HONESTY IN INDIVIDUALS,

HONESTY and justice, reason and equity, go a very great way in securing prosperity to those who use them; and in case of failure, secure the best retreat, and the most honourable consolations.

HONESTY IN STATES.

If honesty be true policy with regard to the transient interest of individuals, it is much more certainly so with regard to the permanent interests of communities.

THE HOUSE OF COMMONS. The house of commons was supposed originally to be no part of the standing government of this country. It was considered as a controul, issuing immediately froin the people, and speedily to be resolved into the mass from whence it arose. In this respect it was in the higher part of government what juries are in the lower: The capacity of a magistrate being transitory, and that of a citizen permanent, the latter capacity it was hoped would of course preponderate in all discussions, not only between the people and the standing authority of the crown, but between the people and the fleeting authority of the house of commons itself. It was hoped that, being of a middle nature between subject and government, they would feel with a more tender and a nearer interest every thing that concerned the people, than the other remoter and more permanent parts of legislature.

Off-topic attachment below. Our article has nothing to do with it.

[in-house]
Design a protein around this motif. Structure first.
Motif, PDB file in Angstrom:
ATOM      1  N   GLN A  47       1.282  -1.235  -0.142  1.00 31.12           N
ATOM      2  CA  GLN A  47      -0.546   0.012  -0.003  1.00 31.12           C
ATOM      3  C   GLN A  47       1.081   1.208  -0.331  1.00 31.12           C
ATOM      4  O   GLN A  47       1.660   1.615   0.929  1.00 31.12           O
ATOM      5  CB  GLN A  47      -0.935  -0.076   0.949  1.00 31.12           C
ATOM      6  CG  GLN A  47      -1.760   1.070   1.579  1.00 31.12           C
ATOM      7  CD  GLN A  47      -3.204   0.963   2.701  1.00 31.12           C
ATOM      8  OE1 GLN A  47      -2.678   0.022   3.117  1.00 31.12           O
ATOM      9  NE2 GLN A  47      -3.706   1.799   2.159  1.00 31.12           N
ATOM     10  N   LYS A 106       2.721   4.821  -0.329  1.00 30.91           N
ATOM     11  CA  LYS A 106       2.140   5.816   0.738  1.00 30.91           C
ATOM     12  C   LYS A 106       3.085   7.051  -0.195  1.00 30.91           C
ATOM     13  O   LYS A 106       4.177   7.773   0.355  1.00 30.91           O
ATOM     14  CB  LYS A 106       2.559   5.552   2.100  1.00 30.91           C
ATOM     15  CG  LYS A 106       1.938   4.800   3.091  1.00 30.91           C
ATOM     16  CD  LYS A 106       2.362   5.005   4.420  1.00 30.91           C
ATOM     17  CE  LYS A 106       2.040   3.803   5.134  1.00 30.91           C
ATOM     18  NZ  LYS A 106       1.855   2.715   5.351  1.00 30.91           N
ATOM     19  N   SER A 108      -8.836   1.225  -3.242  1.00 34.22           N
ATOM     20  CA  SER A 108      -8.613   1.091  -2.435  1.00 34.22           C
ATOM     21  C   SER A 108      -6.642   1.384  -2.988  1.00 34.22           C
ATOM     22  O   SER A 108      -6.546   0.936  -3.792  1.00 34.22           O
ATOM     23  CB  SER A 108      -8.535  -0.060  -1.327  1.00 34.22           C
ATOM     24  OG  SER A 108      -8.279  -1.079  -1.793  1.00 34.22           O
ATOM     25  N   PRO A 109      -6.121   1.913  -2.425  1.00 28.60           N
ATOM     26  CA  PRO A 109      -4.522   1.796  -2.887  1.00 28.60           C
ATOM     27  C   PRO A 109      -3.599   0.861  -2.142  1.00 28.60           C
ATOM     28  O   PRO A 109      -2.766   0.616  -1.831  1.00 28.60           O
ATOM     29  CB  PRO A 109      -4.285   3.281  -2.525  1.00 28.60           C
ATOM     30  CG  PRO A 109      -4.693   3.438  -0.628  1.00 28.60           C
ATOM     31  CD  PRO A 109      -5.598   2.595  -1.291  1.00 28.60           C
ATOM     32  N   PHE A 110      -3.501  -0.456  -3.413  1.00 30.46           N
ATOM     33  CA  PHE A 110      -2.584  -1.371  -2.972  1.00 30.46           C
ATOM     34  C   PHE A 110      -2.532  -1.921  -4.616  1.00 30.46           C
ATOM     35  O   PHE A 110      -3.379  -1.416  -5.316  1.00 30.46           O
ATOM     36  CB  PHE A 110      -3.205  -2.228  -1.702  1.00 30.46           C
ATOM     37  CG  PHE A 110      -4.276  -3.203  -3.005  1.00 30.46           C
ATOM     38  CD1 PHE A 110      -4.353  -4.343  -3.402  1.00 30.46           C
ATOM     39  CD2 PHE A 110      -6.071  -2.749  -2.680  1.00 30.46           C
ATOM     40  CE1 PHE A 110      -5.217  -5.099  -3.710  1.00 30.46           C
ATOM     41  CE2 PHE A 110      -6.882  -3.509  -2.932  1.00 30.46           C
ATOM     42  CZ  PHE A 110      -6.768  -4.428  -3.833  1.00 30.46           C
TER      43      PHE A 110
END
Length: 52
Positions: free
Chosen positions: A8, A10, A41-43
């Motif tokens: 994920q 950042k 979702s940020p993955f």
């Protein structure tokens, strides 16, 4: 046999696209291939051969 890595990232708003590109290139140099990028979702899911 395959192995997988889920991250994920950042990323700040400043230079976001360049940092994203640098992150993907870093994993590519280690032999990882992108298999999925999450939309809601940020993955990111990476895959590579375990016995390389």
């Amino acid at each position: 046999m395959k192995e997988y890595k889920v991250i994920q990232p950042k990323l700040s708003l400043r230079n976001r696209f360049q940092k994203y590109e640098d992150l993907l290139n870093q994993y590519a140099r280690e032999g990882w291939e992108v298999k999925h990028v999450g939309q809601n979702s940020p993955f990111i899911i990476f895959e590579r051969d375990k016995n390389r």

Whatever alterations time and the necessary accommodation of business may have introduced, this character can never be sustained, unless the house of commons shall be made to bear some stamp of the actual disposition of the people at large. It would (among public misfortunes) be an evil more natural and tolerable, that the house of commons should be infected with every epidemical phrensy of the people, as this would indicate some consanguinity, some sympathy of nature with their constituents, thanthat they should in all cases be wholly untouched by the opinions and feelings of the people out of doors. By this want of sympathy they would cease to be a house of commons. For it is not the derivation of the power of that house from the people, which makes it in a distinct sense their representative. The king is the representative of the people; so are the lords ; so are the judges. They all are trustees for the people, as well as the commons; because no power is given for the sole sake of the holder; and although government certainly is an institution of divine authority, yet its forms, and the persons who administer it, all originate from the people.